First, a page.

Legalised ecommerce, plus growing home-premise consumption, ignites interest in the wine category
In an era of disruption that characterised the ongoing Covid-19 pandemic, the most significant development of the past year in the South Korean wine market has been the government’s relaxation of the laws surrounding the purchase of alcohol online. Having only been introduced in mid-2020 to South Korea, online wine buying is something that one in five South Korean wine drinkers have done in the past six months, according to Wine Intelligence data.
The law currently only permits online alcohol orders to be collected from a local shop or restaurant rather than delivered to home as is the norm in many other markets. However, combined with the boom in home-based alcohol consumption caused by the Covid restrictions, and a general drift away from traditional categories such as soju, it has come at a fortuitous moment for the wine category.
Still wine in South Korea has been on an upward trajectory for several years, led by younger adult consumers. Still wine volume consumption in South Korea has risen by almost a quarter in 2020, capping a period of growth since 2016, according to IWSR data.
Even with this growth, wine remains a small player by global standards in the South Korean alcohol market. Part of the issue with wine and South Koreans is that it is not a part of everyday life. Only 13% of adults (4 million) say they drink wine on a weekly basis, according to Wine Intelligence, though this is up from just over 3 million in 2017. The category has traditionally struggled to appeal to younger drinkers in a market where beer and soju are the main social and relaxing drinks.
While the soju category remains huge, its close connection with on-premise occasions has prompted a single-digit percentage decline in volume consumption in 2020, with wine the main beneficiary, according to Tommy Keeling, Research Director at IWSR Drinks Market Analysis. “Wine grew exceptionally strongly, driven by increased at-home consumption and reaching a historic high. All countries of origin grew, but Chilean wines were the main driver,” notes Keeling.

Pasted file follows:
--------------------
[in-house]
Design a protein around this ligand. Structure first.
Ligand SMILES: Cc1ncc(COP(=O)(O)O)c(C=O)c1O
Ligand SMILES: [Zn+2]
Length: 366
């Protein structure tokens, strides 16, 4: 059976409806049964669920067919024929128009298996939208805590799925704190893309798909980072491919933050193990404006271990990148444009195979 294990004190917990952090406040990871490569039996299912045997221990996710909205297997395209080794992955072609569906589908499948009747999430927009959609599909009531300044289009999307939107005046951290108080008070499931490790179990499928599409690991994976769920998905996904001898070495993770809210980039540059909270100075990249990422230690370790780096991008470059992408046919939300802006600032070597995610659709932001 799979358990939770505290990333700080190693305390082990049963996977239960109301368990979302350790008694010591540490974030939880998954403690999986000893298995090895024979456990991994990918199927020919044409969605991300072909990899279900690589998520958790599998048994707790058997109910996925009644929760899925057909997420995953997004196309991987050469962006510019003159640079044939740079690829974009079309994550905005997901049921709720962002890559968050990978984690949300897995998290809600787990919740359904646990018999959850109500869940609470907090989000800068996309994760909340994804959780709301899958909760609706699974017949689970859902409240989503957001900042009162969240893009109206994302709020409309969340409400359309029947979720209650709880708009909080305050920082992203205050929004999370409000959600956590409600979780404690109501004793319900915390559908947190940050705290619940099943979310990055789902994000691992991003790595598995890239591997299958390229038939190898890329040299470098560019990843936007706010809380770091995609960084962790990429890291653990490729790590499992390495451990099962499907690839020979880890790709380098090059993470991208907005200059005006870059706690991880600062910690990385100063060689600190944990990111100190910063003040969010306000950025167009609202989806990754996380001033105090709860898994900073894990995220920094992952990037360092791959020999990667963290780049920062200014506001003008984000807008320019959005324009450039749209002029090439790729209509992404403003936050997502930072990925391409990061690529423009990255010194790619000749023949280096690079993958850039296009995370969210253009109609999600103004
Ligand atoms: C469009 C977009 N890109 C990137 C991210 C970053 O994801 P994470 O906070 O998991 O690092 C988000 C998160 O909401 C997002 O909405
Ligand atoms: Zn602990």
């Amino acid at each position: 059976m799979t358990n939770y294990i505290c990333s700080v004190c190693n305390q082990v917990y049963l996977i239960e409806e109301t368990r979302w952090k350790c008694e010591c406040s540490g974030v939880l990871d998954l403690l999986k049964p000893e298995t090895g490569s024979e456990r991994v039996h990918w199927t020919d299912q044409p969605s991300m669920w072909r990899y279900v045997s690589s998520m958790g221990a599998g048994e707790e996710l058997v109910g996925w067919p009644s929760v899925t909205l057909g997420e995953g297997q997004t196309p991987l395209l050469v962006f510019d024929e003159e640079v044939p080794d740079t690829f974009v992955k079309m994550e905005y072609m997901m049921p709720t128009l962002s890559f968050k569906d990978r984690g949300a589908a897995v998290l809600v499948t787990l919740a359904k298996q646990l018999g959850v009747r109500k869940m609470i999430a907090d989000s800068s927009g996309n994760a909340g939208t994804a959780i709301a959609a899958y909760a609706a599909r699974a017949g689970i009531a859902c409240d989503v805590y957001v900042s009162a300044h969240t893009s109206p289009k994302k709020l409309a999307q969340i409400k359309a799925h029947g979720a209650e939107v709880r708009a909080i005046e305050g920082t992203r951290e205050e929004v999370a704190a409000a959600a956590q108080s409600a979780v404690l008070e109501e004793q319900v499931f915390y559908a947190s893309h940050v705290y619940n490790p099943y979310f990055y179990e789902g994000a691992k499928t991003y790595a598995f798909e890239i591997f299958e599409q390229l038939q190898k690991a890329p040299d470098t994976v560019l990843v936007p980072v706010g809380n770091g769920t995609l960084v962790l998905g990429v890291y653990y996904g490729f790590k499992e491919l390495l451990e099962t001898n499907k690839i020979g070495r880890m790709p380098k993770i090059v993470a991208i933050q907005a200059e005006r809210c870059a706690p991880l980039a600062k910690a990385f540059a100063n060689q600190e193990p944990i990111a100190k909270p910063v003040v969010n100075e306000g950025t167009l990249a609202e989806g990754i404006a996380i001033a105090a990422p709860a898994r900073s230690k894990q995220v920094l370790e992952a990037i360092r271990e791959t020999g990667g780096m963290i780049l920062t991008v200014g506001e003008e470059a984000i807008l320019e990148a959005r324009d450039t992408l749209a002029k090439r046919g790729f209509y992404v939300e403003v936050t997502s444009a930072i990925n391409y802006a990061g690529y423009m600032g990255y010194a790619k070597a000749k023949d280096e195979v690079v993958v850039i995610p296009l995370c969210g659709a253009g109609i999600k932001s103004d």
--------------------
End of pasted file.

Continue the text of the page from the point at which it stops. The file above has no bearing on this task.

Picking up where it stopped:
Keeling also points to the long-term trends of consumers wanting to experiment with wine, which is seen as a sophisticated drink, as well as a relatively healthy option compared with other forms of alcohol, as reasons for volume growth.
“The South Korean wine market has also become one where brands dominate the space as opposed to countries or regions of origin,” remarks Lulie Halstead, CEO at Wine Intelligence. In 2021 Wine Intelligence consumer tracking data suggests awareness and purchase has increased when compared with our previous wave of data for brands of all sizes, be they mainstream or niche within the market.
“When making their purchasing decision, South Korean consumers are less influenced by the country and region of origin than when compared with 2017, which highlights the movement of the South Korean market to becoming a brand-oriented space,” notes Halstead.
The combination of a disrupted on-premise, and more opportunities to buy wine using an app, appear to be provoking a re-evaluation of the role of wine within South Korean society, especially among the educated urban younger drinkers. Wine Intelligence data estimates that the wine drinking population has expanded by just under a million drinkers since 2017, and around half of these new entrants are aged 19 (the legal drinking age) to 24. The future therefore looks quite encouraging for wine producers selling in South Korea.
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